My New Year’s Bookbuying Resolution — Join Me!

On Saturday, on my way out of Home Depot in American Fork (Utah), I saw something which surprised and delighted me: a Barnes and Noble bookstore. I had never seen it there before, and technically it’s not there now, but I wasn’t hallucinating. It’s “coming soon,” opening in “winter 2024.” This inspires a new year’s bookbuying resolution or two, in which I’d love for you to join me.

I welcome the new arrival. Like the arrival years ago of Home Depot in American Fork and Lowe’s across the street in Lehi, its proximity means I will expend less time and fuel traveling to Orem or wherever else. That means, in theory, more money to buy books and more time to read them. There’s a tiny environmental impact too.

Barnes and Noble American Fork - Bookbuying Resolution

However, silver clouds have dark linings. For me this silver cloud has two: one from the past, nostalgic and not very useful in the present, and one for the not-too-distant future, which you and I can do something about.

Hence my resolution. You’re welcome to share it, once I’ve explained, which is after some related chatter, er, context.

That Teetering Stack of Books I Read in 2022 and 2023 (ish)

I love reading books, and I learned at least in time for graduate school to love writing about the books I read. My intention, these last two years or so, was to keep blogging about the books I read, as I had done sporadically for a while, then more methodically here, here, and here.

Those posts were fun to write, and they were well received, and the routine was simple enough. When I finished a book, I stacked it in a particular place until I had written about it here. Well, the stack has grow too large. I haven’t taken time to write about the books since September 2022, and I was playing catch-up then.

So today we catch up. I’ll list some books in passing but stop to chat about most, knowing full well I won’t do justice to any of them. Sixteen are fiction and grouped accordingly. Seventeen are nonfiction and separated into books about writing and others.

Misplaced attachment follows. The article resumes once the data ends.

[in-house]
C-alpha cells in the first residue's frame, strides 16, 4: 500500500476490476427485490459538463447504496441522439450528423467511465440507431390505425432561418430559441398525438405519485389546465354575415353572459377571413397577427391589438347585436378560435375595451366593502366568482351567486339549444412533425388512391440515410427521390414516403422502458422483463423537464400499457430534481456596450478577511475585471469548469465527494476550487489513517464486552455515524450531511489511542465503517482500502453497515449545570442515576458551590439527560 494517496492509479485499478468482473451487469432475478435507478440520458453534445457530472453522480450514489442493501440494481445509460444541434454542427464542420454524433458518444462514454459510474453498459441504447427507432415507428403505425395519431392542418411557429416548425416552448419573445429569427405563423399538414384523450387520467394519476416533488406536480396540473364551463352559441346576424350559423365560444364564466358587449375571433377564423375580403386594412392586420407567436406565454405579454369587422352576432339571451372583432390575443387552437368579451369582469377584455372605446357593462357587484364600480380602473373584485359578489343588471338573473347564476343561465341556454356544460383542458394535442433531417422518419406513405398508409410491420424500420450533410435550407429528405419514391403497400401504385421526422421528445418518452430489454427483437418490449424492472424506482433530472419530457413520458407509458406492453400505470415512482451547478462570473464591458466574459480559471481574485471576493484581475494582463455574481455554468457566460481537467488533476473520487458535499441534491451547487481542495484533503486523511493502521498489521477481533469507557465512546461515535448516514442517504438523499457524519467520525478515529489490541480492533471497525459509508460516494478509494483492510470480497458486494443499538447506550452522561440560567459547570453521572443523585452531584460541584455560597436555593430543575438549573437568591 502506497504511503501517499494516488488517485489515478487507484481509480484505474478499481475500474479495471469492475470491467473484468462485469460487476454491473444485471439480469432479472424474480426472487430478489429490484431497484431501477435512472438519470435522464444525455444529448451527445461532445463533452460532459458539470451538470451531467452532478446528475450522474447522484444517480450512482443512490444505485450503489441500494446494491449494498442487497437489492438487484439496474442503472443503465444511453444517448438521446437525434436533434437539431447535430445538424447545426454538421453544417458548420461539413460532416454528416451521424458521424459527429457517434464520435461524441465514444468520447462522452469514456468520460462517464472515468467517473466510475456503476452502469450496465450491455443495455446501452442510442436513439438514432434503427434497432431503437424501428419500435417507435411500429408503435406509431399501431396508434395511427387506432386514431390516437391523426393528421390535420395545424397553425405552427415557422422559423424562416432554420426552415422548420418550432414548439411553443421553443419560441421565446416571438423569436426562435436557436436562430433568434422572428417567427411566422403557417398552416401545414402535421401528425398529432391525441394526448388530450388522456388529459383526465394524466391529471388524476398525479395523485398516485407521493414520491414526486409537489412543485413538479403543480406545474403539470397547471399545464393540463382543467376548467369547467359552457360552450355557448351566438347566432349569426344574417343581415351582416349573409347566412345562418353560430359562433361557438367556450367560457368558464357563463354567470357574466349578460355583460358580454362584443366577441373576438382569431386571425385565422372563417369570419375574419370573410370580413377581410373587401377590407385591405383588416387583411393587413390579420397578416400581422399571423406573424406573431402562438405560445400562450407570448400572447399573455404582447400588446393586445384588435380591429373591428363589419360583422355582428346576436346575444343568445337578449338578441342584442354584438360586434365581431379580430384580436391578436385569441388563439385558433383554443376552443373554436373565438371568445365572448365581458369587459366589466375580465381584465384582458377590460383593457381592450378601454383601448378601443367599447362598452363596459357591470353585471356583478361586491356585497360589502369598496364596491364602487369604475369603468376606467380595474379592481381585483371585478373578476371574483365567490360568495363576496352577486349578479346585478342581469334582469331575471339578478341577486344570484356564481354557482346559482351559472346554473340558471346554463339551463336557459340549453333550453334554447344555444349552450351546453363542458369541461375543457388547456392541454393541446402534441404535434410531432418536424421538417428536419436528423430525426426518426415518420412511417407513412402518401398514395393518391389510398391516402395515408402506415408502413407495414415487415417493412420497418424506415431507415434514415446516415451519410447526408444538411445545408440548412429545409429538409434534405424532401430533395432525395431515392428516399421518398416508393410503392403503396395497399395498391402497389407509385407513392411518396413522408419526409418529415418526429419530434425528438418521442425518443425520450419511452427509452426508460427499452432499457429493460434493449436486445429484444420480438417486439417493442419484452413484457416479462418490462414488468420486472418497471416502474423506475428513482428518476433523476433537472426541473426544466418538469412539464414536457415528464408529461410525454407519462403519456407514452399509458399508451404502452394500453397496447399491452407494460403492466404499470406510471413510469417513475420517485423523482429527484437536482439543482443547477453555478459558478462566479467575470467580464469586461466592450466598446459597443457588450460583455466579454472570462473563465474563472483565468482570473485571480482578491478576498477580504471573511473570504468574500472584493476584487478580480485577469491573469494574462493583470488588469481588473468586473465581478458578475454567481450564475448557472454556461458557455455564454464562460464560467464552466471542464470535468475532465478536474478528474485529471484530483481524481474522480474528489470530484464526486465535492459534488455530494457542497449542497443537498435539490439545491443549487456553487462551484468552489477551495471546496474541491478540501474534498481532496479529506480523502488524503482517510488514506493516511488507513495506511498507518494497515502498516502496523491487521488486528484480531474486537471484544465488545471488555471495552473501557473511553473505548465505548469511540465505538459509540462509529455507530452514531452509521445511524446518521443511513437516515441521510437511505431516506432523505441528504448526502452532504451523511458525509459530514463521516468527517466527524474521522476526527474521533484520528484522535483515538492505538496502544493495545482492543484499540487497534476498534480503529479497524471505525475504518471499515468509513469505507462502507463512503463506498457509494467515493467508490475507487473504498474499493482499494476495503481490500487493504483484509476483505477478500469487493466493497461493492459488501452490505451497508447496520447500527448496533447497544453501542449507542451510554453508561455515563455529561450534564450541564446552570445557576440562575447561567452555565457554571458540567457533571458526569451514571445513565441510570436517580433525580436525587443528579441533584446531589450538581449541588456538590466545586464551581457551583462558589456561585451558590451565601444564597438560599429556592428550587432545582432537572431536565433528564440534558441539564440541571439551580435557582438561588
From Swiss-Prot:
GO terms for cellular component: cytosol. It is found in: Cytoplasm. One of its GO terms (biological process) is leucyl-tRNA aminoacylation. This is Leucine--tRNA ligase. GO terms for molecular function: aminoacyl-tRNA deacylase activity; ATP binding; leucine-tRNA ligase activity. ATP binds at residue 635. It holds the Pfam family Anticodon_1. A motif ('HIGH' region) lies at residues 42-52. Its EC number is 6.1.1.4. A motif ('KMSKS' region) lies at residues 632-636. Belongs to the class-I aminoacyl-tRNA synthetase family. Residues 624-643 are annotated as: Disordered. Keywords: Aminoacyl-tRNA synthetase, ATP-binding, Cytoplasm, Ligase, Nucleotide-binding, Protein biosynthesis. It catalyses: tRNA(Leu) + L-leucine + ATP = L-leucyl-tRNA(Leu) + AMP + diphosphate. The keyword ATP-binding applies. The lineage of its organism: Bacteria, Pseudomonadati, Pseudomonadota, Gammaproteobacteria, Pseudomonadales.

Books I Read Lately – Winter 2022 Edition (in September)

When I finish reading a book, I stack it on a certain shelf near my desk in my home office, away from but in sight of the UCRC, my Unconscionably Comfortable Reading Chair. There it sits until I write of it in a “Books I Read” blog post such as this one.

The stack is now 24 books. It’s getting precarious. And I should long since have written this post and two or three more like it. Such is life.

Here are five books from that stack. I’ll tell you where I found them, unless it was Amazon. I’m trying to reduce my dependency on Amazon. I’ll never overcome it entirely, I suspect, but I do love a good brick-and-mortar bookstore.

I’ll write about the others later. Ideally, sooner.


John Steinbeck - Travels with Charley in Search of American - Books I Read Lately

John Steinbeck, Travels with Charley in Search of America

I enjoy telling people about one of my sons, who grew from a precocious early reader immersed in Dav Pilkey’s Captain Underpants series to a mature mind preferring thick history books and great novels. One of his acquisitions was a passion for John Steinbeck’s writing.

He gave me this book as a gift. It is memoir, not the fiction for which Steinbeck is more famous, and it charmed and delighted me, page after page. It is a rambling account of his rambling journey across the United States with his dog Charley, who is surely one of the best-written canine personalities in prose. They traveled in a custom camper Steinbeck christened Rocinante, after Don Quixote’s horse.

Recent Reading: 10 More Books and a Memory

The more I read, the more I want to talk about what I read — and I’ve been reading more lately. I don’t mean more than I’ve ever read before. There was graduate school at Cornell — in Russian literature, a landscape of giant novels (which I still love), countless poems and short stories, and sprawling artistic manifestoes. Long before that were nineteen days at my grandparents’ farm in April 1975.

Do you mind very much if I remember for a few moments before I list the books?

“Every Good Thing”

Author's Note
I wrote this for the front page of my congregation’s (ward’s) monthly newsletter for November 2016.

Peter said that the Savior “went about doing good” (Acts 10:38). What if he had said something slightly different: “he went about doing no evil”?

That’s true too, and it’s important for us to avoid sin, with God’s help — and when we fail at that, to remove it from our lives, also with God’s help. But it’s not enough simply to do no evil. We’re to do all the good that we can.